Regulating the economy

To be hon­est, reg­u­lat­ing the econ­o­my is most­ly over my head. Or, maybe, just bor­ing to me. Either way, when­ev­er an arti­cle men­tions deriv­a­tives two or more times, it is iffy that I will get to the end.

Still, it is an impor­tant top­ic. I’m sure some argue that the less reg­u­la­tion the bet­ter. And I can’t argue that. As long as there is enough, there should­n’t be more.

I’m guess­ing that every time an eco­nom­ic reg­u­la­tion is writ­ten, there are par­ties that imme­di­ate­ly set about find­ing a way around it. So, even though it is impor­tant for the present reg­u­la­to­ry scheme to be adjust­ed to new real­i­ties, we should nev­er assume that all con­tin­gen­cies are covered.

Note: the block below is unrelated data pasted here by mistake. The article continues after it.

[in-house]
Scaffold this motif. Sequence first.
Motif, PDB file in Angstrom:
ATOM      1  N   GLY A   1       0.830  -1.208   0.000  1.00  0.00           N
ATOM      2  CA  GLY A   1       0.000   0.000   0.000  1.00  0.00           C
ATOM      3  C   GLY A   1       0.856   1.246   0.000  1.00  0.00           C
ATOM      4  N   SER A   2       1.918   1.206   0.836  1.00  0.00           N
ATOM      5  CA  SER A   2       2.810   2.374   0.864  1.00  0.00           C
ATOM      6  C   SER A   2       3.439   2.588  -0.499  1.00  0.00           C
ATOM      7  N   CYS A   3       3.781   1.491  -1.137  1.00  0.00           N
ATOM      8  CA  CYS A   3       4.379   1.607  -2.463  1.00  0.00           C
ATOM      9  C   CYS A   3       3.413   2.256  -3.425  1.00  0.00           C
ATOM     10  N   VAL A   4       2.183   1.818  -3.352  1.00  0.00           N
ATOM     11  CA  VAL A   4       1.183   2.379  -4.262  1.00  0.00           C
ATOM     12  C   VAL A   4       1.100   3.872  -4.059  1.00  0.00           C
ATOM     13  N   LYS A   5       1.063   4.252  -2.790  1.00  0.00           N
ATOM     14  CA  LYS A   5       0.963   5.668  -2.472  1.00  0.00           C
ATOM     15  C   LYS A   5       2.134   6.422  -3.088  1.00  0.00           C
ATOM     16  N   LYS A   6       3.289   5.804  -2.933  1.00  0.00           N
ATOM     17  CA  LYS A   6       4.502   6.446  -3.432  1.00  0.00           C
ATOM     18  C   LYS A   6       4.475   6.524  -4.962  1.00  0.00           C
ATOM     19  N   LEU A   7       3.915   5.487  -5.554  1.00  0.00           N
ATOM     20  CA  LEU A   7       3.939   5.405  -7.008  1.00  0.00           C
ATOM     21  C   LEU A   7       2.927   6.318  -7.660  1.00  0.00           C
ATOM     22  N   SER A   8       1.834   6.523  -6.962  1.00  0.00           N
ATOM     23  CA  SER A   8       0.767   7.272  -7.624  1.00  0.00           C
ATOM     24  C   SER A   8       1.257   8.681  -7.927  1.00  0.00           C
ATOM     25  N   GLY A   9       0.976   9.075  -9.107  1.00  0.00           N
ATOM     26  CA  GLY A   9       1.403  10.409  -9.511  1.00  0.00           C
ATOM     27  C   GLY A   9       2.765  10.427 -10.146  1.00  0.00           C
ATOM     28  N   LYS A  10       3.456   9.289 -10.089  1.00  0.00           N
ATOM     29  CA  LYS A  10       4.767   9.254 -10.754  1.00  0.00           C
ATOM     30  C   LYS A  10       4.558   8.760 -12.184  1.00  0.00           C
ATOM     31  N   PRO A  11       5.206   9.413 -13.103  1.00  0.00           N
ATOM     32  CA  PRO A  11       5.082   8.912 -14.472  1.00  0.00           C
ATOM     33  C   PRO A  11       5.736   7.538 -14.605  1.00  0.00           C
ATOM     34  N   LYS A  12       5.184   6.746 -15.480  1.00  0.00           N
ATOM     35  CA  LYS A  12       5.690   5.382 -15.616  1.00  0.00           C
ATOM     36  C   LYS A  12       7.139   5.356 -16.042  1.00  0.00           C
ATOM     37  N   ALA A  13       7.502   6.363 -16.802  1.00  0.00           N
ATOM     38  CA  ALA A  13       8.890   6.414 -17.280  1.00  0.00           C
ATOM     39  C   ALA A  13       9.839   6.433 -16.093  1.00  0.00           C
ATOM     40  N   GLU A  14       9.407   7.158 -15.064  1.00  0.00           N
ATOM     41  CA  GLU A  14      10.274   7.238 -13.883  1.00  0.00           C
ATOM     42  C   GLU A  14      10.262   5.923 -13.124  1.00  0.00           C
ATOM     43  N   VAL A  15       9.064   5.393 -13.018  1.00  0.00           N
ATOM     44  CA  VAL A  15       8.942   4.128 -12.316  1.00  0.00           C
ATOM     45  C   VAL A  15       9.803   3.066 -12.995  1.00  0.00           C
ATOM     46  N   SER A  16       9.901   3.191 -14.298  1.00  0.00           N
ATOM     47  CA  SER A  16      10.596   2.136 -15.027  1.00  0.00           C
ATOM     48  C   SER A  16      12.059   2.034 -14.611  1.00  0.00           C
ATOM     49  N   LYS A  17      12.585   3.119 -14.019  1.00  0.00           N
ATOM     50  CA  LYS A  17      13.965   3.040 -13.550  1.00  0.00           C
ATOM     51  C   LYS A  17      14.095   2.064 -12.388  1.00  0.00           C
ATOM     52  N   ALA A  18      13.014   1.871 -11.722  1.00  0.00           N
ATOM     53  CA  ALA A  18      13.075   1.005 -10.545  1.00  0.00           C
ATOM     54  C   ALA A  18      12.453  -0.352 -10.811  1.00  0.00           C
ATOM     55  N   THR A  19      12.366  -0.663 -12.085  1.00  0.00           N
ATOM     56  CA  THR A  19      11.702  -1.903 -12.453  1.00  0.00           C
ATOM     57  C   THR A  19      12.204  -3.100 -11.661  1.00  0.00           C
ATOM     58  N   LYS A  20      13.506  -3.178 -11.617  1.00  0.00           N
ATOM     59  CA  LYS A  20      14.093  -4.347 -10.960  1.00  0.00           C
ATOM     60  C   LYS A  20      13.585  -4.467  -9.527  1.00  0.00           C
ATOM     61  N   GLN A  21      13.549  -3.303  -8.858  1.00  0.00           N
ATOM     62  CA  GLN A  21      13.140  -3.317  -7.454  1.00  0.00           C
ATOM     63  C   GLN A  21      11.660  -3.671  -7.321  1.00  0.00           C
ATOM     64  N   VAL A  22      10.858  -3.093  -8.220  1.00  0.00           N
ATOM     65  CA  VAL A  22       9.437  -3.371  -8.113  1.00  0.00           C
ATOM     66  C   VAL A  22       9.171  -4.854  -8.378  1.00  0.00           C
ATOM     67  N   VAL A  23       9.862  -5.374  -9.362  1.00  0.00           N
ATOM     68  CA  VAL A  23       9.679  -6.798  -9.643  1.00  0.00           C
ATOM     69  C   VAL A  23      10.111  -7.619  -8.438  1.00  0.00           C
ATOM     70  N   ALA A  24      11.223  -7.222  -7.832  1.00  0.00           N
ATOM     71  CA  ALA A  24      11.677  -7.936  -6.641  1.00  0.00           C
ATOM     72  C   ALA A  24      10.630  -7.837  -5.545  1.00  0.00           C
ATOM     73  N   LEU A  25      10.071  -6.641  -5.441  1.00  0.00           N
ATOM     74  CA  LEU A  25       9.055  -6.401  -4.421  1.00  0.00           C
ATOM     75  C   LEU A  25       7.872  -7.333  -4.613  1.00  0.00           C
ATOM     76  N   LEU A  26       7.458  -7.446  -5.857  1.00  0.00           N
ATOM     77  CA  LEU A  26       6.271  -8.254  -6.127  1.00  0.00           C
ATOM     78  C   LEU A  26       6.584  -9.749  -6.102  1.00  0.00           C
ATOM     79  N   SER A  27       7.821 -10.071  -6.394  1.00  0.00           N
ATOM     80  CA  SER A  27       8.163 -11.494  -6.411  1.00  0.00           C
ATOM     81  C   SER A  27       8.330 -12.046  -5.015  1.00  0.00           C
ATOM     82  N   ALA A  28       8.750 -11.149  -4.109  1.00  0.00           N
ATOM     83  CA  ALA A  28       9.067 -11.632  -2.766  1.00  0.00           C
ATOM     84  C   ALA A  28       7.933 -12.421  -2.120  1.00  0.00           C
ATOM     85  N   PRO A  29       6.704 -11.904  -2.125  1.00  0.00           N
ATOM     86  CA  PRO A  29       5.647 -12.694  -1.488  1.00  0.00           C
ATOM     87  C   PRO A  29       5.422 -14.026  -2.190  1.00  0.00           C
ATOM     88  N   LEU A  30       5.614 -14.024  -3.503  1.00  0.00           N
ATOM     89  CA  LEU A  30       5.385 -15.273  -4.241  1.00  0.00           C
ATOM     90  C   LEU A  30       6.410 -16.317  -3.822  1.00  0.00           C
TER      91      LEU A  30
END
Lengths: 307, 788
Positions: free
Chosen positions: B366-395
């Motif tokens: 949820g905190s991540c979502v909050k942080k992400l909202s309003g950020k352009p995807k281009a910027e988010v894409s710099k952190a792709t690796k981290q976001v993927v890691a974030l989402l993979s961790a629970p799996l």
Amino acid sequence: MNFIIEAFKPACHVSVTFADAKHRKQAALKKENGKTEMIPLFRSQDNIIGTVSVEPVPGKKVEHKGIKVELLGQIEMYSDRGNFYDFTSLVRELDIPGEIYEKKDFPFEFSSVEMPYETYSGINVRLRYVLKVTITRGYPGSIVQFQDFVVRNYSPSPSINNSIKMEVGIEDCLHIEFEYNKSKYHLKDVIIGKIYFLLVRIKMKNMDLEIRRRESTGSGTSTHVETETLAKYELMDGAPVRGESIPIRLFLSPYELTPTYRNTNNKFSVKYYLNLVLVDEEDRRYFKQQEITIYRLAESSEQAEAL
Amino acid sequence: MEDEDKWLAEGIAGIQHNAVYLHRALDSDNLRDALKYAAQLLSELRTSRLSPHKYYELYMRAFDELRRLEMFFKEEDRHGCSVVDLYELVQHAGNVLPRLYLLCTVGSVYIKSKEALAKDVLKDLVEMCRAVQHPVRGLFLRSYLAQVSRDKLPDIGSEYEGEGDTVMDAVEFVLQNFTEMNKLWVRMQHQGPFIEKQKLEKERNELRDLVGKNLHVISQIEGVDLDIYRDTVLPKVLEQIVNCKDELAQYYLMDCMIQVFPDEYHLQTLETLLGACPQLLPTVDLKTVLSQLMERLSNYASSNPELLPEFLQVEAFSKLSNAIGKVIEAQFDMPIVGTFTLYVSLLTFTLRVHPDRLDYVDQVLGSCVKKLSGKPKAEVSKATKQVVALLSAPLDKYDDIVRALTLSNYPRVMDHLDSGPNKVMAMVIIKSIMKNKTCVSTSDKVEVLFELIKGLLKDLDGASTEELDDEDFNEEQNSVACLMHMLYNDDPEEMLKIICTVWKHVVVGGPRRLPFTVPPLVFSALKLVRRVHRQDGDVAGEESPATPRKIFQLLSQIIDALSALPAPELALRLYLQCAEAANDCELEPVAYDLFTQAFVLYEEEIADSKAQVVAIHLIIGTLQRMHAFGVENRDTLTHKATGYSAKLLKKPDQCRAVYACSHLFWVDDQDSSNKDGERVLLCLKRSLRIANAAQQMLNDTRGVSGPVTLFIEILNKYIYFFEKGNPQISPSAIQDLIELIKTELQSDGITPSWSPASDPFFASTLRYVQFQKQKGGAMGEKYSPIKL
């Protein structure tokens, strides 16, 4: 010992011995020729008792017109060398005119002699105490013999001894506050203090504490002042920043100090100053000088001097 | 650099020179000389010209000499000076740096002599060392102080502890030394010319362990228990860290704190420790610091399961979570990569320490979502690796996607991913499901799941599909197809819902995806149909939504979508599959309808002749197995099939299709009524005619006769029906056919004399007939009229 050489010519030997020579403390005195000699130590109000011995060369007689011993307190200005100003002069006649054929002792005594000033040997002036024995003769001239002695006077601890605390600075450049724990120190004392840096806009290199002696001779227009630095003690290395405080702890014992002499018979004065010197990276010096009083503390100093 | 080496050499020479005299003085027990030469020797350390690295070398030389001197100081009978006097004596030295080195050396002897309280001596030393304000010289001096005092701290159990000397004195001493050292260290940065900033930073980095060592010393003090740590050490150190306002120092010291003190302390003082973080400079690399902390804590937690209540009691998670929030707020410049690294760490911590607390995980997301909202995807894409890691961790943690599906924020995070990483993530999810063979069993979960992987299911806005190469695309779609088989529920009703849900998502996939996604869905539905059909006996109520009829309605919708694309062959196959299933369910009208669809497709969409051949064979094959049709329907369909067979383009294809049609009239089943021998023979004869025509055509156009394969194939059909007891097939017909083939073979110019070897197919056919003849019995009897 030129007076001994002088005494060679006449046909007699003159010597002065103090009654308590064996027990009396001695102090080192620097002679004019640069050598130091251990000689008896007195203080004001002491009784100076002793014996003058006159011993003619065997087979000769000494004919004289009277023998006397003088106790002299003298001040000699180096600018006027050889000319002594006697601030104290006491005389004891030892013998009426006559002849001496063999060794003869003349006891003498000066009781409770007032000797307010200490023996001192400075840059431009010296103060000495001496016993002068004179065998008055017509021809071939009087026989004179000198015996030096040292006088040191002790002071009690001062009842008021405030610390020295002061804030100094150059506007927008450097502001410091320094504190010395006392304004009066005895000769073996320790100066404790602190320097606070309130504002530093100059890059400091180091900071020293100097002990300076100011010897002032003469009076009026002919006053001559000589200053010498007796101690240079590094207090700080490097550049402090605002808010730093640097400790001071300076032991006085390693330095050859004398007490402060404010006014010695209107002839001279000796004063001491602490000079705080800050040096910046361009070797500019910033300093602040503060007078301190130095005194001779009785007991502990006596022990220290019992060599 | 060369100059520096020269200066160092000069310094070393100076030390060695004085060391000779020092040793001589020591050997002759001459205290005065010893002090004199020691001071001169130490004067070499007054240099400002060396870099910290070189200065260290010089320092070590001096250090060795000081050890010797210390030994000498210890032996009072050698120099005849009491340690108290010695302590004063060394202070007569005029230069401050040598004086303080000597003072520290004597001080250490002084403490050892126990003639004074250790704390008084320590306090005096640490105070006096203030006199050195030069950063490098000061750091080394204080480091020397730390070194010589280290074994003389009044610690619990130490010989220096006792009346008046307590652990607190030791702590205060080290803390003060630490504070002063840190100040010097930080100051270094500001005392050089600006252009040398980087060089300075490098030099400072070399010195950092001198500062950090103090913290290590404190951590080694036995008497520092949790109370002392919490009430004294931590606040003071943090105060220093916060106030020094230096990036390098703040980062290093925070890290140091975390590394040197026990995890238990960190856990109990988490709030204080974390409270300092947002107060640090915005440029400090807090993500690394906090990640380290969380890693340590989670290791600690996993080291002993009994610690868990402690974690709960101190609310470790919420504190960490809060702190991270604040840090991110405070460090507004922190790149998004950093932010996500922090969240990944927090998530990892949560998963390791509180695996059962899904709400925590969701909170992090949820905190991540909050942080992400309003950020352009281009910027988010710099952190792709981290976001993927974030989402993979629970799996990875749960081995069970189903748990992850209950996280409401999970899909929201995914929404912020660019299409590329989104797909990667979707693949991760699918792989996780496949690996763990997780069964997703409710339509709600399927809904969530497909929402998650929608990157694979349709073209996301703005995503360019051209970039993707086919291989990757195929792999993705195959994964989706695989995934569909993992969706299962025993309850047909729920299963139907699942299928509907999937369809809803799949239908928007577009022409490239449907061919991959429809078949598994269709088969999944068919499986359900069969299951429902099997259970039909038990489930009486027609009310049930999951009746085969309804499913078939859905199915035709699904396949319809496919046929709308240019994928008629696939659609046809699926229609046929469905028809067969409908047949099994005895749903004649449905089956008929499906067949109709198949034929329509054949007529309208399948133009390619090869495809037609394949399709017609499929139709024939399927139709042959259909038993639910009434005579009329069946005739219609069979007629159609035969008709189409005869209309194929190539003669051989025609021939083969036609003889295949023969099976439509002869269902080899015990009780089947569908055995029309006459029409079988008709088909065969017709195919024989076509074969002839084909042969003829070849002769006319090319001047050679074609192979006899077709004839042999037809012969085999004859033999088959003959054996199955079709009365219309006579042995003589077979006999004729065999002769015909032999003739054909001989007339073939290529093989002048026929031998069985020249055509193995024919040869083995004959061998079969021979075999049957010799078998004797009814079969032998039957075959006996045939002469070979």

It seems like what we real­ly need is some­one who iden­ti­fies prob­lems and acts on them. Did­n’t most of Amer­i­ca under­stand there was a hous­ing bub­ble? Was­n’t this clear a cou­ple of years ago? Or ear­li­er? Did­n’t Fed Chair­man Greenspan com­plain of irra­tional exu­ber­ance in the stock mar­ket in 1996, four years before that recession?

In both cas­es, every­one under­stood that eco­nom­ic growth was being dri­ven by bub­bles. But no one had the polit­i­cal courage to do some­thing about it. Maybe end­ing a bub­ble inevitably leads to a reces­sion (and who wants to be respon­si­ble for that?), but I’m bet­ting end­ing the bub­ble soon­er rather than lat­er would lessen the recession.

Maybe the next round of eco­nom­ic growth will be pow­ered by an increase in pro­duc­tiv­i­ty instead of a bub­ble. You know, for a change.

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